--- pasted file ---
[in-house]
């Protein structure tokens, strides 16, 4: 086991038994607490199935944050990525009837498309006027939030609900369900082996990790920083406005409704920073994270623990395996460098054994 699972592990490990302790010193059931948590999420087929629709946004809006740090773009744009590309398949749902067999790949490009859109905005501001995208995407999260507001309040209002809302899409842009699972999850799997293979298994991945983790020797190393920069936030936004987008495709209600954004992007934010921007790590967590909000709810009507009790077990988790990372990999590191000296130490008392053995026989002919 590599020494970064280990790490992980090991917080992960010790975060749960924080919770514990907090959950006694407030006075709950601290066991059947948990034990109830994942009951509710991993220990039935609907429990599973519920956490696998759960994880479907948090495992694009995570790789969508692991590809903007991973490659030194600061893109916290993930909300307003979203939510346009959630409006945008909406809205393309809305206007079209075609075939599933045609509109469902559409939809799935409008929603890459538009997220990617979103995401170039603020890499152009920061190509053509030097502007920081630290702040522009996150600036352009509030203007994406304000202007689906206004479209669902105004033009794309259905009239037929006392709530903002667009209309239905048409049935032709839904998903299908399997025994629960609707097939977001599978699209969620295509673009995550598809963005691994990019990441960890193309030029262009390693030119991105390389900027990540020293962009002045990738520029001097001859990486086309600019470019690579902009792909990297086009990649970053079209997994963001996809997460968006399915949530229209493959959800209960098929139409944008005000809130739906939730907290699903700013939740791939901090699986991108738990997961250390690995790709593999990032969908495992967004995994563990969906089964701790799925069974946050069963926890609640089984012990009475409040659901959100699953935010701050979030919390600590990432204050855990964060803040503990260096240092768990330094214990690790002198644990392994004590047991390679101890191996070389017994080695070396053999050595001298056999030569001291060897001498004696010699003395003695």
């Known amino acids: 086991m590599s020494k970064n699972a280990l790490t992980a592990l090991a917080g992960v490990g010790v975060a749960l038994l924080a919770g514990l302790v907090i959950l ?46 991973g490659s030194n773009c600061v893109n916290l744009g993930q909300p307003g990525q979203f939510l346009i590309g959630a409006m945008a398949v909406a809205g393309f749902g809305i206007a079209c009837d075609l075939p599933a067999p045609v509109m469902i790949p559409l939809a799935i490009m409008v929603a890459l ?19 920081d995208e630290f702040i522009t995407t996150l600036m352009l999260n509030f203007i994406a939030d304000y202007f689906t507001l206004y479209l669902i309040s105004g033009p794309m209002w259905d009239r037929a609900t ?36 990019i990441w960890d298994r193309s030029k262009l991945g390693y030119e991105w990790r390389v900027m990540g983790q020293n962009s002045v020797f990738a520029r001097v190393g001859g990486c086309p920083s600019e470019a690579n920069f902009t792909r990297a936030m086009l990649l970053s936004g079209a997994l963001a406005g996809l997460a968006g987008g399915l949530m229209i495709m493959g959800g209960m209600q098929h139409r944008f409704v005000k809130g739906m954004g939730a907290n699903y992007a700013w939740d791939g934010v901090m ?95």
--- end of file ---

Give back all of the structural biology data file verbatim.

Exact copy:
[in-house]
């Protein structure tokens, strides 16, 4: 086991038994607490199935944050990525009837498309006027939030609900369900082996990790920083406005409704920073994270623990395996460098054994 699972592990490990302790010193059931948590999420087929629709946004809006740090773009744009590309398949749902067999790949490009859109905005501001995208995407999260507001309040209002809302899409842009699972999850799997293979298994991945983790020797190393920069936030936004987008495709209600954004992007934010921007790590967590909000709810009507009790077990988790990372990999590191000296130490008392053995026989002919 590599020494970064280990790490992980090991917080992960010790975060749960924080919770514990907090959950006694407030006075709950601290066991059947948990034990109830994942009951509710991993220990039935609907429990599973519920956490696998759960994880479907948090495992694009995570790789969508692991590809903007991973490659030194600061893109916290993930909300307003979203939510346009959630409006945008909406809205393309809305206007079209075609075939599933045609509109469902559409939809799935409008929603890459538009997220990617979103995401170039603020890499152009920061190509053509030097502007920081630290702040522009996150600036352009509030203007994406304000202007689906206004479209669902105004033009794309259905009239037929006392709530903002667009209309239905048409049935032709839904998903299908399997025994629960609707097939977001599978699209969620295509673009995550598809963005691994990019990441960890193309030029262009390693030119991105390389900027990540020293962009002045990738520029001097001859990486086309600019470019690579902009792909990297086009990649970053079209997994963001996809997460968006399915949530229209493959959800209960098929139409944008005000809130739906939730907290699903700013939740791939901090699986991108738990997961250390690995790709593999990032969908495992967004995994563990969906089964701790799925069974946050069963926890609640089984012990009475409040659901959100699953935010701050979030919390600590990432204050855990964060803040503990260096240092768990330094214990690790002198644990392994004590047991390679101890191996070389017994080695070396053999050595001298056999030569001291060897001498004696010699003395003695």
């Known amino acids: 086991m590599s020494k970064n699972a280990l790490t992980a592990l090991a917080g992960v490990g010790v975060a749960l038994l924080a919770g514990l302790v907090i959950l ?46 991973g490659s030194n773009c600061v893109n916290l744009g993930q909300p307003g990525q979203f939510l346009i590309g959630a409006m945008a398949v909406a809205g393309f749902g809305i206007a079209c009837d075609l075939p599933a067999p045609v509109m469902i790949p559409l939809a799935i490009m409008v929603a890459l ?19 920081d995208e630290f702040i522009t995407t996150l600036m352009l999260n509030f203007i994406a939030d304000y202007f689906t507001l206004y479209l669902i309040s105004g033009p794309m209002w259905d009239r037929a609900t ?36 990019i990441w960890d298994r193309s030029k262009l991945g390693y030119e991105w990790r390389v900027m990540g983790q020293n962009s002045v020797f990738a520029r001097v190393g001859g990486c086309p920083s600019e470019a690579n920069f902009t792909r990297a936030m086009l990649l970053s936004g079209a997994l963001a406005g996809l997460a968006g987008g399915l949530m229209i495709m493959g959800g209960m209600q098929h139409r944008f409704v005000k809130g739906m954004g939730a907290n699903y992007a700013w939740d791939g934010v901090m ?95």